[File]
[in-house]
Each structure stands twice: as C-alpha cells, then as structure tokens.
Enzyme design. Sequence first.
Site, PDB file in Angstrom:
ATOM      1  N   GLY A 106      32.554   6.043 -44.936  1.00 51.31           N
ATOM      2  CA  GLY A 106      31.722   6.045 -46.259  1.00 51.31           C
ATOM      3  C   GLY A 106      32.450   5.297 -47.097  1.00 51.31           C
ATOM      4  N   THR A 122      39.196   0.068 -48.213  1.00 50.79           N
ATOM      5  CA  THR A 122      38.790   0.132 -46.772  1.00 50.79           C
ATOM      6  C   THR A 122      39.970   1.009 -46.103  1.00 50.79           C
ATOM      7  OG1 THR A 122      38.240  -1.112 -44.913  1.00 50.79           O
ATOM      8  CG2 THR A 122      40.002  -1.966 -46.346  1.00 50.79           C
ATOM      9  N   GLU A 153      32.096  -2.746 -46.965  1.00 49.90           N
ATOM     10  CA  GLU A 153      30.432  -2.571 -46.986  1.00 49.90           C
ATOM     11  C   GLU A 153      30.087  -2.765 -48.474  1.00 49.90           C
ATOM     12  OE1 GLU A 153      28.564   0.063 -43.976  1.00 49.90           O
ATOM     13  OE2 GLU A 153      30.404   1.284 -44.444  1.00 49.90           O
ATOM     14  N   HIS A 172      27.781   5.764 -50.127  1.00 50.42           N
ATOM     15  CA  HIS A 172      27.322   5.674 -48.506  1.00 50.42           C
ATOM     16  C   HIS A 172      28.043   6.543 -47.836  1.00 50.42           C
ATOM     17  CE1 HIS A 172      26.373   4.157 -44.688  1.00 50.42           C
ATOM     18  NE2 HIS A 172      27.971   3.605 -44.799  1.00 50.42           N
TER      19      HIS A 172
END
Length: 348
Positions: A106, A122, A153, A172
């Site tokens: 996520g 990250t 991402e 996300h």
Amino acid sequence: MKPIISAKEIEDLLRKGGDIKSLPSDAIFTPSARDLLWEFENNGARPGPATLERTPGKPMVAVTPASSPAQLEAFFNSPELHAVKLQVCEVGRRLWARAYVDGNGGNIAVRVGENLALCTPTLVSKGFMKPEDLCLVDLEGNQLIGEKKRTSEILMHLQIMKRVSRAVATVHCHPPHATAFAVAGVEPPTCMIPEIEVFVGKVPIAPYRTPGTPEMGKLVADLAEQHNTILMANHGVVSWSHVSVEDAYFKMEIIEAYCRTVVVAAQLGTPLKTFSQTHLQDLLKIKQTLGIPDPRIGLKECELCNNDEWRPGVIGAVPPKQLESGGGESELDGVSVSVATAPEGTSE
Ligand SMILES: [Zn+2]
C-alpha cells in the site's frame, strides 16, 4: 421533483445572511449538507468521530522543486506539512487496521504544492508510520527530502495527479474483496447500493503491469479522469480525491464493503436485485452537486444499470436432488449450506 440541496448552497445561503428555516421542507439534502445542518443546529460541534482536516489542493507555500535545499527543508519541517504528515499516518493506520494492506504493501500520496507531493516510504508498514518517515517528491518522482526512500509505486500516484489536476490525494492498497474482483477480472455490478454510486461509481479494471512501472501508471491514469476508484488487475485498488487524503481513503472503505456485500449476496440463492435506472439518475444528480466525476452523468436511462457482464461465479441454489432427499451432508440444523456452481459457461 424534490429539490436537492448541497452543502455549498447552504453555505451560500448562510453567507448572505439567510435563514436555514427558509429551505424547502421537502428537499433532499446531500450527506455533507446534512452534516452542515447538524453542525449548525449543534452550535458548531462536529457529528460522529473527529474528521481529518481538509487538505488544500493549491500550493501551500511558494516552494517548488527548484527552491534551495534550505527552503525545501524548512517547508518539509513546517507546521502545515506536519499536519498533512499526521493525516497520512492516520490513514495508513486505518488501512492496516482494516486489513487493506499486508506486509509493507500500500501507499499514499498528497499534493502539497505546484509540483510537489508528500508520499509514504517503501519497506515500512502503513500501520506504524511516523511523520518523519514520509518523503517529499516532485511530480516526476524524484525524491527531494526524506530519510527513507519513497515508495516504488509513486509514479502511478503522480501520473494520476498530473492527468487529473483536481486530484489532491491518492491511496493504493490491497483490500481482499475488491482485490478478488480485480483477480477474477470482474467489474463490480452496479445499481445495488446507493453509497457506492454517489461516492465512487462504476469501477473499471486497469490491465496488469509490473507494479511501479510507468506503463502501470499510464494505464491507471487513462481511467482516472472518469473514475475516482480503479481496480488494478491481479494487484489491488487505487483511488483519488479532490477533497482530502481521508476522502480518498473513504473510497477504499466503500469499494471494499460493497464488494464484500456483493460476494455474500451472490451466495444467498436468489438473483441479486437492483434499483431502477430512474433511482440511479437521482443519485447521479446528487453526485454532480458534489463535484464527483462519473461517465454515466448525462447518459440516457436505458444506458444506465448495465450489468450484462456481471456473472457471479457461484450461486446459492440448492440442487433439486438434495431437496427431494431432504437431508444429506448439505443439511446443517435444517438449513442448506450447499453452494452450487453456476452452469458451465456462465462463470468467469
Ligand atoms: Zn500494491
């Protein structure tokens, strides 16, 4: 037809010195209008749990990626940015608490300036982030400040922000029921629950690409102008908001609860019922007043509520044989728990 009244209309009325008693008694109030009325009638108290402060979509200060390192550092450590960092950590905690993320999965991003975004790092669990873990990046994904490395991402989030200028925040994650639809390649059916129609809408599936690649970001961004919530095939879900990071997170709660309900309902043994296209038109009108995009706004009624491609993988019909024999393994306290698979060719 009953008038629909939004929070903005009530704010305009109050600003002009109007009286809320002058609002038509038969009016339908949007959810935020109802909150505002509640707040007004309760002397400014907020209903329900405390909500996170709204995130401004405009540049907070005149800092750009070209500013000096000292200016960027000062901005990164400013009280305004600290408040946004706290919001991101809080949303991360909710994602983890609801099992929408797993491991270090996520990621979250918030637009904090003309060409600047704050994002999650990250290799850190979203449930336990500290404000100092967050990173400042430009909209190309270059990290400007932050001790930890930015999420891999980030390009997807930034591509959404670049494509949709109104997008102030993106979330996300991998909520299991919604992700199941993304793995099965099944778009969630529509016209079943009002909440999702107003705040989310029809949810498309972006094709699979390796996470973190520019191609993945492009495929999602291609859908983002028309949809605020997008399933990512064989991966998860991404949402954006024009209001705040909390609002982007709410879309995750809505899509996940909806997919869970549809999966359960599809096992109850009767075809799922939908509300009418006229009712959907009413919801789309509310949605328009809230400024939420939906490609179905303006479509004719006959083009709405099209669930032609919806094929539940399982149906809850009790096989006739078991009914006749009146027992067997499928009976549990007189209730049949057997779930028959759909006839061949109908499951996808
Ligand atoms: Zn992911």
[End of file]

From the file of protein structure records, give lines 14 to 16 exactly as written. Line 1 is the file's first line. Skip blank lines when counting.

ATOM     10  CA  GLU A 153      30.432  -2.571 -46.986  1.00 49.90           C
ATOM     11  C   GLU A 153      30.087  -2.765 -48.474  1.00 49.90           C
ATOM     12  OE1 GLU A 153      28.564   0.063 -43.976  1.00 49.90           O